Even the tallest trees, biggest blue whales, and even giant gleaming stars were once babies. Protostars are the hot core of energy that will one day become stars and galaxies. The formative years of our universe’s history, when billions of stars and galaxies formed and assembled after the Big Bang, have so far been beyond our understanding.
Now, NASA’s James Webb Space Telescope (JWST) confirmed the distance of a protocluster of seven galaxies that formed only 650 million years after the Big Bang, or what astronomers call redshift 7.9. The findings were published April 24 in the Astrophysical Journal Letters and are the “earliest galaxies yet to be spectroscopically confirmed as part of a developing cluster.”
Based on the data collected, a team of astronomers calculated the nascent cluster’s future development. It will likely grow in size and mass to resemble the Coma Cluster, one of the densest galaxies of the modern universe.
“This is a very special, unique site of accelerated galaxy evolution, and Webb gave us the unprecedented ability to measure the velocities of these seven galaxies and confidently confirm that they are bound together in a protocluster,” co-author and IPAC-California Institute of Technology astronomer Takahiro Morishita said in a statement.
JWST’s Near-Infrared Spectrograph (NIRSpec) captured the key measurements to confirm both the galaxies’ collective distance and the high velocities at which they are moving within a halo of dark matter. They’re moving through space at more than two million miles per hour, or over 600 miles per second.
Having this spectral data in hand allowed the astronomers to model and map the future development of the gathering group all the way up to the modern universe. If it does follow the prediction and eventually resemble the Coma Cluster, it could eventually be among the densest known galaxy collections.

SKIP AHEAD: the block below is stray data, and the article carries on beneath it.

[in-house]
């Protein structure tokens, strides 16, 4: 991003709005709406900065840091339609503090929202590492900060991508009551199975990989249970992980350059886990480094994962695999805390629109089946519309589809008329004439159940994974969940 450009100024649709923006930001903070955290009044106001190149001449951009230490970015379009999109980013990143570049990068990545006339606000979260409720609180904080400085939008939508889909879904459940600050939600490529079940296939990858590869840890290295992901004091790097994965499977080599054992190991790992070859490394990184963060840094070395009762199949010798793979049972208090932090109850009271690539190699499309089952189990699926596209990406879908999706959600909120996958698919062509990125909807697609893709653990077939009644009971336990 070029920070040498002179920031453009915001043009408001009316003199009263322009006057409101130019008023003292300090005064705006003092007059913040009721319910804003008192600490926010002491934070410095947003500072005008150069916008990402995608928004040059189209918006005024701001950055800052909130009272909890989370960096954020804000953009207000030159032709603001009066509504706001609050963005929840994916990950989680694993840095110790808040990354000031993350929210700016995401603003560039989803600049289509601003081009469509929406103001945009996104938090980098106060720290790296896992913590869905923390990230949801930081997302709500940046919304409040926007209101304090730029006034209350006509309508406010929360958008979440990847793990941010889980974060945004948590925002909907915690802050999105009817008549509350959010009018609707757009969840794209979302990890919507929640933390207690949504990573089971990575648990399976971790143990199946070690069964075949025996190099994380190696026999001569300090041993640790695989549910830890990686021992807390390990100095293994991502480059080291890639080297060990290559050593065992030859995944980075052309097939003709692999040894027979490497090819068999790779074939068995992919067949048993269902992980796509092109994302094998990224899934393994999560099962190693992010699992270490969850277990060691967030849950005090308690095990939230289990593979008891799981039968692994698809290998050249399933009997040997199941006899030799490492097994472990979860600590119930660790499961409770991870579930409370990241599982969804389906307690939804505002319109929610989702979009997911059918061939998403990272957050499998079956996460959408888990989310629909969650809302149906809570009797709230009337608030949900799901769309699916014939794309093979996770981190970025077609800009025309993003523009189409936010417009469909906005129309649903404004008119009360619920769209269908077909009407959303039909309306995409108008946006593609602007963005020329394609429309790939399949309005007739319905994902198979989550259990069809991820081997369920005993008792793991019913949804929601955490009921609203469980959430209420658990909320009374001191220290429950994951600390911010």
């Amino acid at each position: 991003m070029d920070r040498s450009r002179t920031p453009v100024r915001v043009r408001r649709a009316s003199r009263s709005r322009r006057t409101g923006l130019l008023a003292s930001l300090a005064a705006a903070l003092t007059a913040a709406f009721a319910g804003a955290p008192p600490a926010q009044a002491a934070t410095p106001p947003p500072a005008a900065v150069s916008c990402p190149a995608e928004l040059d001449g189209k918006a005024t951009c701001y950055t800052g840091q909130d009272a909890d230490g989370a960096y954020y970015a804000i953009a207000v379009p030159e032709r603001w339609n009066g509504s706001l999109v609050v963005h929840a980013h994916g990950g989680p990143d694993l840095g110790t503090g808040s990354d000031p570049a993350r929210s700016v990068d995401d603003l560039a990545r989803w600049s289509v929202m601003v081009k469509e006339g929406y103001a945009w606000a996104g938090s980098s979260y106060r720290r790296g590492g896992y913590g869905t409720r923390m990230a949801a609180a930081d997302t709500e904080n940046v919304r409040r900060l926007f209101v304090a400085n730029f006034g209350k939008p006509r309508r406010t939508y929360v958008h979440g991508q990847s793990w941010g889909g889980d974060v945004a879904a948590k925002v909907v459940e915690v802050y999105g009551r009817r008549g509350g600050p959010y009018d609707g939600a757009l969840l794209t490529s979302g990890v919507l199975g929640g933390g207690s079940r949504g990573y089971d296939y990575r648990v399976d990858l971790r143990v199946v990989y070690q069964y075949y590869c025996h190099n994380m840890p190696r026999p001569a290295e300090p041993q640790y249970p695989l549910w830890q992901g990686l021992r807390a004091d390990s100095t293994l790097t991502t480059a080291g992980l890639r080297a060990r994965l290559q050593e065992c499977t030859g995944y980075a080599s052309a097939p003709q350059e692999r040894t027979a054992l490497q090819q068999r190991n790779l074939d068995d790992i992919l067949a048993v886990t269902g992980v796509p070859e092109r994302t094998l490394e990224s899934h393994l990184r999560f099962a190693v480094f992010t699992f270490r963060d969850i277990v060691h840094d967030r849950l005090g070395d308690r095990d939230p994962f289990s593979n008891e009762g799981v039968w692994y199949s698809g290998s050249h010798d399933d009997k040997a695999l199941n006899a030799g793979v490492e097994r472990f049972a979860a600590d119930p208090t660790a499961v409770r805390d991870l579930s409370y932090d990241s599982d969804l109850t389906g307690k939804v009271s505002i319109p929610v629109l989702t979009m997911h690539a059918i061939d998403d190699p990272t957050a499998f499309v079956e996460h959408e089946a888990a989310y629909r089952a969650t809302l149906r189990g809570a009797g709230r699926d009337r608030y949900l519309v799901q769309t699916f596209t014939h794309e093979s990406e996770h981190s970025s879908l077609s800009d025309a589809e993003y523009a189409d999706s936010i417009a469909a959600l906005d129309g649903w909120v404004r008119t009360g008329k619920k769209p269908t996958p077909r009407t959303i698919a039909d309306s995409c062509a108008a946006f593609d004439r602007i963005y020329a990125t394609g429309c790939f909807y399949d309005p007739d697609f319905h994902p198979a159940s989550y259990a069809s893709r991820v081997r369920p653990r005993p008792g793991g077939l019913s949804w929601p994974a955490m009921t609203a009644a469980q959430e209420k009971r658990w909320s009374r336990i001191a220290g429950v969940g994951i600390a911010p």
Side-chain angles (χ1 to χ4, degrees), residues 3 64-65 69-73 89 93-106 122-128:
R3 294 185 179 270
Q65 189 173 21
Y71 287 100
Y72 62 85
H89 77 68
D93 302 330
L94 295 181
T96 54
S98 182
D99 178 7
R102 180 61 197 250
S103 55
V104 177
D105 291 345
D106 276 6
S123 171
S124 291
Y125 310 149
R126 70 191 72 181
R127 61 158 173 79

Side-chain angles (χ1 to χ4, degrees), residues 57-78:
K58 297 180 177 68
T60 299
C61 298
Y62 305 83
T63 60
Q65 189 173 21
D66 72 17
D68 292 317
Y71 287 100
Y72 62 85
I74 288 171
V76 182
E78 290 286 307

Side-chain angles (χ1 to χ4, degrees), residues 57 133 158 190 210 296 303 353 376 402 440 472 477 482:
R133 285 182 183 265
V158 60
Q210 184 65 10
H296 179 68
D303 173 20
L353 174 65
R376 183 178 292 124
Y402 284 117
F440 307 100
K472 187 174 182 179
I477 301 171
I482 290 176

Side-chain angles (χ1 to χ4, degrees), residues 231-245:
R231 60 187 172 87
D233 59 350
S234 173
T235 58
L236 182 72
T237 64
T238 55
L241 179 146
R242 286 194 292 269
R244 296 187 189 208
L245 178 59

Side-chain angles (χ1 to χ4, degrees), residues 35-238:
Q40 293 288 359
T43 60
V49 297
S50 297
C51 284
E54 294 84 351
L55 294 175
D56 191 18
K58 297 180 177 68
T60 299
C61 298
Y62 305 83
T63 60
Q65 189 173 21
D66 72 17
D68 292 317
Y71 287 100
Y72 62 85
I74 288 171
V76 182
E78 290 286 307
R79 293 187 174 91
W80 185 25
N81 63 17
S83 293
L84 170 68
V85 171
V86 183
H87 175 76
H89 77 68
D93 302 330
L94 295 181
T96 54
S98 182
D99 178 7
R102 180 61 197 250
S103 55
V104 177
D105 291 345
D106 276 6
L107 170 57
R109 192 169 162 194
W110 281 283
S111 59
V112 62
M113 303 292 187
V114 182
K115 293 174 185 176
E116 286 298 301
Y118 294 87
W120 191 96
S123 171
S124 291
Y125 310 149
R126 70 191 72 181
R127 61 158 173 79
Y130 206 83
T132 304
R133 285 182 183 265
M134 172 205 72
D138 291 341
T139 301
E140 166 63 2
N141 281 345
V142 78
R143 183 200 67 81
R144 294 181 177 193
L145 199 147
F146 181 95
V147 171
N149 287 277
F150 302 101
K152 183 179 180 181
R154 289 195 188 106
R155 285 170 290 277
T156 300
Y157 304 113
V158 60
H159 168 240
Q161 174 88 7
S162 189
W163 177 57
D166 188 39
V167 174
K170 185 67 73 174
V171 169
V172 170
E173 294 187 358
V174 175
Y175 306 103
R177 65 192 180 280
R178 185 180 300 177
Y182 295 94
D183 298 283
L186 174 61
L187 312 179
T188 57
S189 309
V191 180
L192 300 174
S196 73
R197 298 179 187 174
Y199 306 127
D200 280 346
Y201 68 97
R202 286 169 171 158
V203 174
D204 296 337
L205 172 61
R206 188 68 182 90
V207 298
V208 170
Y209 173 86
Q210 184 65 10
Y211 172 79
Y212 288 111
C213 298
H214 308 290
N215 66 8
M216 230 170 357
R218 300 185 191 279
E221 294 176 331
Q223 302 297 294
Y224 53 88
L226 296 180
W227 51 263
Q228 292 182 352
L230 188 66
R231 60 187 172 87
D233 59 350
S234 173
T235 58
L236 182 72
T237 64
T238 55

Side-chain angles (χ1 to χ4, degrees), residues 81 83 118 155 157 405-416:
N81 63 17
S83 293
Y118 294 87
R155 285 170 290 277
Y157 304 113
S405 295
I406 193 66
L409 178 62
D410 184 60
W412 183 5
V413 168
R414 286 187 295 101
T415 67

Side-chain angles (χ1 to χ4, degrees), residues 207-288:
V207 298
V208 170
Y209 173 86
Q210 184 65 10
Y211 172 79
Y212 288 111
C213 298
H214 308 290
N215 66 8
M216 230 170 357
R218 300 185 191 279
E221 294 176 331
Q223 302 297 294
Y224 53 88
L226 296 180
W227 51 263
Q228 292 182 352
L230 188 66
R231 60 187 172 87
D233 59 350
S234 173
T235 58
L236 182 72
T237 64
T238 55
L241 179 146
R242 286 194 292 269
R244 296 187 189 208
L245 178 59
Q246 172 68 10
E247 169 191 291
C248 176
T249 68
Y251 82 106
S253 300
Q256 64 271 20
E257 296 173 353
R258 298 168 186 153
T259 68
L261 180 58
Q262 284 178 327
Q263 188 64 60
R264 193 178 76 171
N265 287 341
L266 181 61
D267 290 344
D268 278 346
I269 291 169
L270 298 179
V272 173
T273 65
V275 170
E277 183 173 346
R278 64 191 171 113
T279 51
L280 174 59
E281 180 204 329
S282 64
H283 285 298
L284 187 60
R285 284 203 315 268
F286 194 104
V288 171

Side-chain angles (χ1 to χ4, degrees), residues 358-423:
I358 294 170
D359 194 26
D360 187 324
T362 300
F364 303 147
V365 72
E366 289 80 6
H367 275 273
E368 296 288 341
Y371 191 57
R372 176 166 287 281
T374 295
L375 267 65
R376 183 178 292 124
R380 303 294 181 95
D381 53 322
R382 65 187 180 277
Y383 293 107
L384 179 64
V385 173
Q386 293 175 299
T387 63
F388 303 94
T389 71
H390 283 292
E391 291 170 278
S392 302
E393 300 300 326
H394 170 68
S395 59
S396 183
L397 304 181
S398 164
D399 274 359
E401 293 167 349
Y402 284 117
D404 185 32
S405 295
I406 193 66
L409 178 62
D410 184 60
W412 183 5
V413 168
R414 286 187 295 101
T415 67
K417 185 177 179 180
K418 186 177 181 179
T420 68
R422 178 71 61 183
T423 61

“We can see these distant galaxies like small drops of water in different rivers, and we can see that eventually they will all become part of one big, mighty river,” co-author and National Institute of Astrophysics in Italy astronomer Benedetta Vulcani said in a statement.
According to NASA, galaxy clusters are the greatest concentrations of mass in the known universe. They can dramatically warp the fabric of spacetime itself. This warping is called gravitational lensing and can have a magnifying effect for the objects located beyond the cluster. This allows astronomers to see through the cluster as if it were a giant cosmic magnifying glass. The team in this study was able to utilize this enlarging effect and look through Pandora’s Cluster to view the protocluster.
Exploring how big clusters like Pandora and Coma first came together has historically been difficult because the expansion of the universe stretches light beyond visible wavelengths into the infrared. JWST’s sophisticated infrared instruments were developed to fill in these gaps at the beginning of the universe’s story.
The team anticipates that future collaboration between JWST and a high-resolution, wide-field survey mission from NASA’s Nancy Grace Roman Space Telescope will allow for even more results on early galaxy clusters. Roman will be able to identify more protocluster galaxy candidates, while JWST can follow up to confirm these findings with its spectroscopic instruments. Currently, the Roman mission is targeted to launch by May 2027.
“It is amazing the science we can now dream of doing, now that we have Webb,” co-author and University of California, Los Angeles astronomer Tommaso Treu said in a statement. “With this small protocluster of seven galaxies, at this great distance, we had a one hundred percent spectroscopic confirmation rate, demonstrating the future potential for mapping dark matter and filling in the timeline of the universe’s early development.”